Muscular dystrophy (MD) refers to a group of more than 30 genetic diseases characterized by progressive weakness and degeneration of the skeletal muscles that control movement. Some forms of MD are seen in newborns, infants or children, while others have late-onset and may not appear until middle age or later. The disorders differ in terms of the distribution and extent of muscle weakness (some forms of MD also affect cardiac muscle), age of onset, rate of progression, and pattern of inheritance. The prognosis for people with MD varies according to the type and progression of the disorder. There is no specific treatment to stop or reverse any form of MD. Treatment is supportive and may include physical therapy, respiratory therapy, speech therapy, orthopedic appliances used for support, corrective orthopedic surgery, and medications including corticosteroids, anticonvulsants (seizure medications), immunosuppressants, and antibiotics. Some individuals may need assisted ventilation to treat respiratory muscle weakness or a pacemaker for cardiac (heart) abnormalities.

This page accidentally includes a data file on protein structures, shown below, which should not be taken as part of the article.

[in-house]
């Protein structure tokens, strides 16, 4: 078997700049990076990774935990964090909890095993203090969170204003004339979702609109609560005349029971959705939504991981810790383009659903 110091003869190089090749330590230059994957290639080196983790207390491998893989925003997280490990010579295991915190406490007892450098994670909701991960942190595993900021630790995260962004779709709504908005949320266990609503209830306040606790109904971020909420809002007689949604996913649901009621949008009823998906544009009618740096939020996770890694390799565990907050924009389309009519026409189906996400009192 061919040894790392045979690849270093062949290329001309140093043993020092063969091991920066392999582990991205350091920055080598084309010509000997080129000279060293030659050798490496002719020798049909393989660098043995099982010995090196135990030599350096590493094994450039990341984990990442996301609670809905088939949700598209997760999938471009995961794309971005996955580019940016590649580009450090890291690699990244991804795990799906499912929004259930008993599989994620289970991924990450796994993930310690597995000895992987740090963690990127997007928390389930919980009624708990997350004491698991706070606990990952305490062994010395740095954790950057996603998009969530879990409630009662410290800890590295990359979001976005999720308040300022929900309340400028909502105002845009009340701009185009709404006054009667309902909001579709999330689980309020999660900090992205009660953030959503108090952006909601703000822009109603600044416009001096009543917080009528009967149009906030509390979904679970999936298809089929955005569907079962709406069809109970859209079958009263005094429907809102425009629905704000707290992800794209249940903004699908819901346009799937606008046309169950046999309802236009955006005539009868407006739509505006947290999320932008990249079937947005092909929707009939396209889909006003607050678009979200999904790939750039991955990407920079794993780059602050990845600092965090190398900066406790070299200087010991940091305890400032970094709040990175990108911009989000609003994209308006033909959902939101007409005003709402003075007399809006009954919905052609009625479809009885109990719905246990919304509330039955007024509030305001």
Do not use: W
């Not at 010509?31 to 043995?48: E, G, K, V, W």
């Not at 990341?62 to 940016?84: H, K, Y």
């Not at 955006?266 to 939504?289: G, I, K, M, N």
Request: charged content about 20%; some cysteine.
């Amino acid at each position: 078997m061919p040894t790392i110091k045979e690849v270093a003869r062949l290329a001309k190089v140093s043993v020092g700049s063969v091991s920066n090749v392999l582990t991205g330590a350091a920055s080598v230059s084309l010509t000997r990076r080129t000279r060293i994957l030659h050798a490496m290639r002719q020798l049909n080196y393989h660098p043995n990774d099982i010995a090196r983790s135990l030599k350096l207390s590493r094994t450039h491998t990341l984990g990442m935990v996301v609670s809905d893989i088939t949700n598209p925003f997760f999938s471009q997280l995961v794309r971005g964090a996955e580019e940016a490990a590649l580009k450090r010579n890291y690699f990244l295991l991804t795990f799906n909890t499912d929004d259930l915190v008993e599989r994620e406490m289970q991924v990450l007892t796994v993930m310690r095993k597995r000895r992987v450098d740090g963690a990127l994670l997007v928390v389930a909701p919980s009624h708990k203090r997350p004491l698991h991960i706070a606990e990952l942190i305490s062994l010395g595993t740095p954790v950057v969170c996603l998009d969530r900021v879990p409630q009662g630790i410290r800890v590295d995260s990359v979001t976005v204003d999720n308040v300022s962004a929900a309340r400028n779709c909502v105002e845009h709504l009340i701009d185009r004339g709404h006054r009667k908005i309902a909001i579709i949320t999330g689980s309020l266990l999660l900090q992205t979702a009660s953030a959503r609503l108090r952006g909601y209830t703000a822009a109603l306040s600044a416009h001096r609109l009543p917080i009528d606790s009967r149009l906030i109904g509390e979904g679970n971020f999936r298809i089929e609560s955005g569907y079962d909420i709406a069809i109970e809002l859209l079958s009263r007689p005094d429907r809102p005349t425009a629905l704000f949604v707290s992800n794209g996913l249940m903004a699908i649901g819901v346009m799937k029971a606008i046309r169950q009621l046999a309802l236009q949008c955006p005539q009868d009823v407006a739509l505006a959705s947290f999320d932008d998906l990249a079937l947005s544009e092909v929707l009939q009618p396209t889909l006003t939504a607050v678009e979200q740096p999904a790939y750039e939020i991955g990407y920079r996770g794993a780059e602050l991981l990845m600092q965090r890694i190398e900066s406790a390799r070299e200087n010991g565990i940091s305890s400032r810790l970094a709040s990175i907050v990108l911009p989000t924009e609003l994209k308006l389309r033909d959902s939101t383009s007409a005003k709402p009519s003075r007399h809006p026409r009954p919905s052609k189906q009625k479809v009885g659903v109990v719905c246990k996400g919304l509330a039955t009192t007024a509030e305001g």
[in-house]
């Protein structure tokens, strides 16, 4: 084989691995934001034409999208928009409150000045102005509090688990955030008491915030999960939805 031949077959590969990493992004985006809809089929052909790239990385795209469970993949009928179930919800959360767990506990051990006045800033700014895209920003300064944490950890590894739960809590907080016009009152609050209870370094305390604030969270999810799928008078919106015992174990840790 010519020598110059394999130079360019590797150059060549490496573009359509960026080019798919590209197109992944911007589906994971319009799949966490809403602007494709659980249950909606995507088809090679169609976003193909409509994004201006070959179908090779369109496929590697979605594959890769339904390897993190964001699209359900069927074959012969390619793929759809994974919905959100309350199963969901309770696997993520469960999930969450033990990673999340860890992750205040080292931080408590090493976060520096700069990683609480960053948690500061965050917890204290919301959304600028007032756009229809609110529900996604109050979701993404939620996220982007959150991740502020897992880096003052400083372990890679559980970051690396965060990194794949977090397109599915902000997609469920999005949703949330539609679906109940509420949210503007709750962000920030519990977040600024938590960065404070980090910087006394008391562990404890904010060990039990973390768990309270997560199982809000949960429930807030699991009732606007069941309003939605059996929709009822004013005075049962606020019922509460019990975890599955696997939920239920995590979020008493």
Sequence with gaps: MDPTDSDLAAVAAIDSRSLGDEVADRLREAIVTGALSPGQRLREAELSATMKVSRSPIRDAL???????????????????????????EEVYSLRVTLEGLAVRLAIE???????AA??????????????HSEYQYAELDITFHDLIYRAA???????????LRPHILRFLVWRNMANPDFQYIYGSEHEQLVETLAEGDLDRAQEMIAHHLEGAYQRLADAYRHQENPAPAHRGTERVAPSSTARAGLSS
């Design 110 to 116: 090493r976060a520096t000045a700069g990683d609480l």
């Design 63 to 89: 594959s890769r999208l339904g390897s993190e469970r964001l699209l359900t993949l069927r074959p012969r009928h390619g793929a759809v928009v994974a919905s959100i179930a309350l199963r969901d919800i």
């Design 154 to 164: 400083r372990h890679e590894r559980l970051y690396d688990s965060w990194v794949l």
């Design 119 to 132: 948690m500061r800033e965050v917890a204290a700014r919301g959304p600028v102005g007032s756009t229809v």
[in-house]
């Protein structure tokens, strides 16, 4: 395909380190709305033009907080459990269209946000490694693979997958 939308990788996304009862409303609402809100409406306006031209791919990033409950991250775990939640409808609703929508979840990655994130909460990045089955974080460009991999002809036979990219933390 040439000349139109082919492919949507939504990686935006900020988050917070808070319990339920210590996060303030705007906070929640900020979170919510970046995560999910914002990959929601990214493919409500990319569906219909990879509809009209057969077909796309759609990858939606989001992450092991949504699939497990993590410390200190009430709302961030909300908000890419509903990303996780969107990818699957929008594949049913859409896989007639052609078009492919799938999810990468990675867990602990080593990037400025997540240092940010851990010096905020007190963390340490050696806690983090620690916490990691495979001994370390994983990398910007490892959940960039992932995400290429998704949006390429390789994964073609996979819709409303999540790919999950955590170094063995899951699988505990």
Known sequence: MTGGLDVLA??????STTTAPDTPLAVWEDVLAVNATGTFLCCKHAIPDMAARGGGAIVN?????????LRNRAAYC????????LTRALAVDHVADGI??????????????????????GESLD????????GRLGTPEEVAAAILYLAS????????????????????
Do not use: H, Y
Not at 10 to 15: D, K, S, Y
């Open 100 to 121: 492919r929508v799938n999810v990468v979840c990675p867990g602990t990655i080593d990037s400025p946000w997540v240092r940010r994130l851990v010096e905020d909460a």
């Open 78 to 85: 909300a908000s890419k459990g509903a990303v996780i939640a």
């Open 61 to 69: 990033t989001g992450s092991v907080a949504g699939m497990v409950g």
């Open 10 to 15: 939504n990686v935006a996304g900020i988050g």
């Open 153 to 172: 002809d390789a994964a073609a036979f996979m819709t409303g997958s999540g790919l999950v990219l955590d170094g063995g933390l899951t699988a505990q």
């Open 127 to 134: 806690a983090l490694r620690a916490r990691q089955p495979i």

Last updated: 2/16/2011
Can Russell-Silver syndrome mimic muscular dystrophy?
Russell-Silver syndrome and muscular dystrophy are very different types of disorders with little overlap of signs and symptoms; Russell-Silver syndrome does not mimic muscular dystrophy. Russell-Silver syndrome is a growth disorder and is characterized by slow growth before and after birth, poor appetite, short stature, a small, triangular face with distinctive facial features, and other manifestations; the muscular dystrophies are a group of muscle disorders characterized by progressive weakness and degeneration of the skeletal muscles and/or cardiac muscles. The differential diagnosis of Russell-Silver syndrome includes any condition that can cause intrauterine growth retardation and short stature, as well as some chromosome abnormalities, while that of the muscular dystrophies includes conditions affecting the skeletal muscles.
Last updated: 11/30/2011
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